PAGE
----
Breach Brief – Microsoft Email and IE Browser

Published On April 17, 2019 | By Tom Huskerson | Breach Briefs

Microsoft, the world’s largest software maker, is having a bad week. The company’s Outlook email service was hit by a data breach that includes accounts, MSN and Hotmail addresses. The breach was ongoing for months and the hackers used a customer support agent’s credentials to gain access.

Microsoft issued an email confirming hackers may have accessed email addresses, subject lines of emails, folder labels, and the names of other email addresses that the user contacted. However, Microsoft believes the content of emails, including attachments and login passwords were not compromised.

Hackers conducted the attack from January 1st to March 28th. Microsoft quickly identified the credentials used by the hackers and disabled them.

It is not clear how many users are compromised or who the hackers are. According to Microsoft affected users can expect more spam emails and potentially phishing attempts. Microsoft urges users to stay on the alert for such attacks and to change their passwords. Hackers may be able to use the addresses for identity theft purposes.

As if that wasn’t enough bad news security researcher John Page discovered a new security flaw that allows hackers, using Microsoft’s obsolete Internet Explorer, to steal Windows user’s data. Windows users don’t even have to open the old browser for hackers to exploit the flaw. Just having it on your computer is enough!

According to Page, “Internet Explorer is vulnerable to XML External Entity attack if a user opens a specially crafted .MHT file locally. This can allow remote attackers to potentially exfiltrate local files and conduct remote reconnaissance on locally installed program version information.”

A lot of techno speak just to say that hackers can get into your computer if you have the browser on your computer. Launching the the exploit just requires the user to simply open an attachment received by email, messenger, or other file transfer service.

According to Page upon speaking with Microsoft the company told him it would just “consider” a fix in a future update. Page says he notified Microsoft in March before going public with the issue.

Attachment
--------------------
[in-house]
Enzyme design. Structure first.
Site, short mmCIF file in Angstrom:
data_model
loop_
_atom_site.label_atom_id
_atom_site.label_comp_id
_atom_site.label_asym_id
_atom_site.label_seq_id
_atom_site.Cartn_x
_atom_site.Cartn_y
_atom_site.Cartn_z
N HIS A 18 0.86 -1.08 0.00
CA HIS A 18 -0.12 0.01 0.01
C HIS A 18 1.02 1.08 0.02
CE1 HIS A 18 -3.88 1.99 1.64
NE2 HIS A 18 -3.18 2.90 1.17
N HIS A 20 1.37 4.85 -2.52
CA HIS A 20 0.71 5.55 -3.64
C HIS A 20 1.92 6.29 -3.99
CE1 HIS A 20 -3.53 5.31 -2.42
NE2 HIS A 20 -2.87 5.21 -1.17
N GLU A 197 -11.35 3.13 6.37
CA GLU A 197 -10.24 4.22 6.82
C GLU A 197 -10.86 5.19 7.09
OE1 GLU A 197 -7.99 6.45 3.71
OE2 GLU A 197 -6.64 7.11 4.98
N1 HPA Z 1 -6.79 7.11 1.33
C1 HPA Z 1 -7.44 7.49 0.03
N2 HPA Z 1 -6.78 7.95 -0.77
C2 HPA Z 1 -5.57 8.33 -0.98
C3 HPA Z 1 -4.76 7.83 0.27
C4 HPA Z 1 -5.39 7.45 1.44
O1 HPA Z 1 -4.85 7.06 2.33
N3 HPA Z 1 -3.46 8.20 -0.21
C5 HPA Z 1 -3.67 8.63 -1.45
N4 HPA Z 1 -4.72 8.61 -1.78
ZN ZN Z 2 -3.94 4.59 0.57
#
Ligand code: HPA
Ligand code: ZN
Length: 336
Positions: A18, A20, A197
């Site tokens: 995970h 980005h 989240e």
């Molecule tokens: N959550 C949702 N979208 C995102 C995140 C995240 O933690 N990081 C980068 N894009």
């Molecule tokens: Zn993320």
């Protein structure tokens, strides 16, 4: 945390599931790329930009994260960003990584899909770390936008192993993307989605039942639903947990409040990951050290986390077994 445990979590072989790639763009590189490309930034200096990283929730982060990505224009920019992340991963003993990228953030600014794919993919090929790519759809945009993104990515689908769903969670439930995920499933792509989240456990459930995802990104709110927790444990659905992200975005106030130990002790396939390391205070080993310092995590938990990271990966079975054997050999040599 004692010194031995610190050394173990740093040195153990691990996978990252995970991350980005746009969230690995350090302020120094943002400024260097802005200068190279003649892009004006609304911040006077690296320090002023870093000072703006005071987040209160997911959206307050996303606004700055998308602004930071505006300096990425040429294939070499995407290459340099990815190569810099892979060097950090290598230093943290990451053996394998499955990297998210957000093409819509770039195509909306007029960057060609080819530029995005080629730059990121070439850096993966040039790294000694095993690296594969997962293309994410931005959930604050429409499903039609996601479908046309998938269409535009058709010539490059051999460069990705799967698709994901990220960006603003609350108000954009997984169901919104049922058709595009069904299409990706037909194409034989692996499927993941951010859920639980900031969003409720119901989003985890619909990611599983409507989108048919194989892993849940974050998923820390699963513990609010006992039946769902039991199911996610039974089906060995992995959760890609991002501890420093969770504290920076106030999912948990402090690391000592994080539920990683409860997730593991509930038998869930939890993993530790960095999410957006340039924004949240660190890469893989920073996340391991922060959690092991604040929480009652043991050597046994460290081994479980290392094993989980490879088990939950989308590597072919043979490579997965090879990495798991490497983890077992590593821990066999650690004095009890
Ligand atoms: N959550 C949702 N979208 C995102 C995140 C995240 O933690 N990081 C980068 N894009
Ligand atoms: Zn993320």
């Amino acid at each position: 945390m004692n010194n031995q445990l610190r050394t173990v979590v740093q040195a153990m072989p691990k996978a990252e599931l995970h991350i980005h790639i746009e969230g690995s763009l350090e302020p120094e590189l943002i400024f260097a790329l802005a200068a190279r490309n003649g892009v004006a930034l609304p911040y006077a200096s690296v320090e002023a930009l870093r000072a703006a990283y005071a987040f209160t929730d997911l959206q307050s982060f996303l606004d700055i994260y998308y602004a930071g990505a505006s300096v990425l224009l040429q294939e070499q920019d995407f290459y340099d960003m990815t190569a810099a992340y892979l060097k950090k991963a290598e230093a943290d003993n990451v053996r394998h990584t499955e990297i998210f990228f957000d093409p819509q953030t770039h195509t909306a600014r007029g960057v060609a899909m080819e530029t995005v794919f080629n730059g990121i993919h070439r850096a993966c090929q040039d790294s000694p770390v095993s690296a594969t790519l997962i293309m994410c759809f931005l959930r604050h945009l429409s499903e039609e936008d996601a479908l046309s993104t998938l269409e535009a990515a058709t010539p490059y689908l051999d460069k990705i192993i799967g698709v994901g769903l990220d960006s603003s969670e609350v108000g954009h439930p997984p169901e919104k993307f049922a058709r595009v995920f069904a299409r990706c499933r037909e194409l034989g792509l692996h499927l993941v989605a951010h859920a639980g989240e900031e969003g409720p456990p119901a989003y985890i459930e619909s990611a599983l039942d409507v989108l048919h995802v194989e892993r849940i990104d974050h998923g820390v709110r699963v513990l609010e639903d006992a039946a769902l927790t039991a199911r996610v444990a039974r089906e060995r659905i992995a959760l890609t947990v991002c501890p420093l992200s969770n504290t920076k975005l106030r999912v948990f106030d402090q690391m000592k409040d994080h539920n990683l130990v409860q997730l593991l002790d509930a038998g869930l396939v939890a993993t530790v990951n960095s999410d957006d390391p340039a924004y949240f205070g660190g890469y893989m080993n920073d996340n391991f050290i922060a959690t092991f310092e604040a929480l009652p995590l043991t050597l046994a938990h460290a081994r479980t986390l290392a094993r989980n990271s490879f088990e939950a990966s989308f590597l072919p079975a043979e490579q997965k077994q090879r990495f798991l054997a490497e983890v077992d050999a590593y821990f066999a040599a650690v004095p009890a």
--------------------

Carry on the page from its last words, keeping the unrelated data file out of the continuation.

Breaking It Down

Internet Explorer is an outdated browser software. If you are still using it you need to stop. Microsoft offers the Edge browser, a much better product that is definitely safer. And it’s available for mobile devices.

If you are using Explorer then you have a serious problem. Using outdated software is fundamental safety issue and something hackers look for. There are literally hundreds of thousands of malware and viruses that are programmed to exploit outdated software. And you can easily find one just surfing the web. Or more precisely; it will find you. Remember, you are always one click from destruction!

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About The Author

Tom Huskerson Bio Born in Richmond Virginia Tom Huskerson is a military veteran who settled in California after his discharge. Tom attended Santa Barbara City College where he began his writing career as a campus reporter. He worked as an intern news reporter for the Santa Barbara News-Press writing feature stories before moving on to San Francisco. At San Francisco State University Tom studied broadcast communications and began to focus on the Internet. He completed his graduate thesis on Internet advertising. Tom was the first student to ever focus on the Internet as a graduate student at San Francisco State University. After graduation he went to work for Zona Research in California’s Silicone Valley. As a research associate Tom supported senior analyst writing on the latest developments in the Internet industry. During the dot com boom Tom worked for several web businesses as a market researcher and analyst. As a writer and researcher Tom has authored various technical works including a training program for Charles Schwab security. Other projects included professional presentations on workplace violence and hiring security contractors. Tom has also written both fiction and non-fiction works and blogging for a travel website. He has published two books of short stories and completed two novels. Tom is the owner of Scribe of Life Literature and Tom is not the chief editor for the OnTechStreet. com. A news and information blog that focuses on tech news for African-Americans. The blog is the result of his desire to inform the African American community of the dangers and benefits of the cyber age. In his blog Tom reports on information security, new and analysis, scams and hoaxes, legal happenings and various topics that arise from the age of information. Tom believes that technology is a necessary tool for black people and they should know what is happening. Tom writes believing that techno speak is for the professional and that valuable information can be communicated using plain language. As a result he has embraced the motto, Less Tech, More Knowledge.

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